Strangers With Cameras
I first learned about the French conceptual artist Sophie Calle from a friend who was dealing with a break-up. My friend and I both have obsessive personalities, and she was finding it impossible to wrap her mind around the end of her relationship. She was talking about trying to channel her experience into art when she brought up Sophie's work. I was fascinated by Sophie's ability to turn her personal obsessive tendencies into powerful art exhibits that are soul baring without being exploitative.
I have yet to come across an artist who is able to erase the lines between private life and public art the way Sophie Calle does. In her 30+ year career, she has made art out of unadulterated voyeurism. She never attended a formal art school, choosing instead to spend her teenage years campaigning for the legalization of abortion and traveling the world. When she returned to Paris at the age of 26, she was unsure of what to do with herself and started following strangers around and photographing them as a way to get out of the house. She equated the feeling she got from these acts of voyeurism to being in love, and often had to remind herself that she didn't know these people and was not, in fact, in love with them. In 1980, after spotting a man at a party and meeting him later in the evening, she decided to don a blond wig and follow him to Venice. She found out where he was staying and shadowed him while he was there. The pictures that she took while she was there, as well as the diary she kept, turned into one of her more famous art projects entitled Suite Vénitienne.
For her project Address Book, she assembled a portrait of a man she had never met by calling the numbers in an address book of his that she found on the street. She asked the callers on the other line questions about the book's owner, and accompanied their answers with pictures of some of the man's favorite activities. The subject of this project was none too pleased when he found out about it, and demanded that he be allowed to publish a nude photo of Calle that he found in retaliation. Oh, France--how wonderful to wax romantic about a place where baring your soul is put on the same level as baring your skin!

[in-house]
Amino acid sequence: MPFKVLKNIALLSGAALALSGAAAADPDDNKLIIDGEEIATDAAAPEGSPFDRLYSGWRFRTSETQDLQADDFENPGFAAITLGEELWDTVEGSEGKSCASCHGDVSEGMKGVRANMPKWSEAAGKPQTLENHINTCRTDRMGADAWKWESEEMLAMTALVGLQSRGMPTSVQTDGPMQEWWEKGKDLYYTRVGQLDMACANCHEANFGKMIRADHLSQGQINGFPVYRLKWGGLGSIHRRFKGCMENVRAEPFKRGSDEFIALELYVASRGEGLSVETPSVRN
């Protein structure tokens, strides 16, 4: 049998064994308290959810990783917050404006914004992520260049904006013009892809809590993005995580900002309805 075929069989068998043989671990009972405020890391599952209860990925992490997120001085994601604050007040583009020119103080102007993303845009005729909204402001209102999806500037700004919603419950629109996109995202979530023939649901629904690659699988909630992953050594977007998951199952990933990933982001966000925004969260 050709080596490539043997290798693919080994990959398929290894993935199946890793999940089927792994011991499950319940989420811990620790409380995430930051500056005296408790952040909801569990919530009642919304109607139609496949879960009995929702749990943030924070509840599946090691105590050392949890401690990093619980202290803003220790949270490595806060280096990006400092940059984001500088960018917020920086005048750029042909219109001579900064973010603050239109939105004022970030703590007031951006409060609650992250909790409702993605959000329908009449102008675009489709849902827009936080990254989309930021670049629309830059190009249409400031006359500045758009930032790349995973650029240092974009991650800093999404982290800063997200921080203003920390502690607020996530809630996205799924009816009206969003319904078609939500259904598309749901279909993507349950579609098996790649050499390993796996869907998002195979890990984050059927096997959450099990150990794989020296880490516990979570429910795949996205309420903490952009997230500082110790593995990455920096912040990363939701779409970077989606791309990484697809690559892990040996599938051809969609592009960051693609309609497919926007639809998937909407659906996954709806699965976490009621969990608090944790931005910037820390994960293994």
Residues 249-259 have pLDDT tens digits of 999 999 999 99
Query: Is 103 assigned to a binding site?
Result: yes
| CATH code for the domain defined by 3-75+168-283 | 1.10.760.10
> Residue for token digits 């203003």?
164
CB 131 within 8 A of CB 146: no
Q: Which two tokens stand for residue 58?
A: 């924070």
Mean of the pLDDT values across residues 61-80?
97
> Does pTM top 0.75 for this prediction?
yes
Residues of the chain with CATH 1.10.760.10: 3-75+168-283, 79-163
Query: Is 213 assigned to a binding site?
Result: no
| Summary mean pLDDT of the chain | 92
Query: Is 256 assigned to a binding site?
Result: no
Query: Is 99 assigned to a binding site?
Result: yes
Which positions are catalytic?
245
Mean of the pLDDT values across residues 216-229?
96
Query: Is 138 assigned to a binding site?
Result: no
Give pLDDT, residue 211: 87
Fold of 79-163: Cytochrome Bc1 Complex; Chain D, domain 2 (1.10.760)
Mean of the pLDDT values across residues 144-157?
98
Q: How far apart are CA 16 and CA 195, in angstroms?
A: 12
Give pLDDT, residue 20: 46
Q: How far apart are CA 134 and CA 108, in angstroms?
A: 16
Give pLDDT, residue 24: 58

Calle has let herself become the subject of voyeurism as well. At Sophie's request, her mother hired a private investigator to follow her around for a year taking pictures. The investigator was unaware that Sophie was in on it, and the photos that he took helped to provide Calle with what she saw as evidence of her own existence. For The Sleepers, over the course of a week she invited both friends and strangers to each sleep in her bed for eight hours at a time. In one of her more recent projects (and one of my favorites), she took a break-up letter sent to her by her ex, and after asking her friend how she should respond, she got the idea to turn it into an art project. She sent a copy of the letter to 107 different women and asked them to interpret it based on their professions. A crossword setter turned it into a puzzle, a copy editor corrected its grammatical and syntactical errors, a markswoman shot it with her rifle, and an etiquette consultant critiqued the writer's manners. The letter was interpreted by a singer, an actress, and a clown. She titled the finished project Take Care of Yourself, which was how her ex ended the letter. It went on to debut to rave reviews at the Venice Biennale, and the Tate Modern has a video of it here (it wouldn't let me embed it into this post.) In the video, she talks about another deeply personal project in which she chronicles on video the death of her mother.
I can see how Calle's work might raise a few eyebrows, and maybe even more "this is art?" types of questions. But the ability of her art to break down the walls between the picture and the viewer, the subject and the artist, and the personal and the private is at least noteworthy. Maybe that's what's so scary about Sophie's art--it makes sense of irrational obsessions, and it takes away the buffer zone that exists between us and the unknown or unfamiliar. It's art without any sort of abstraction.
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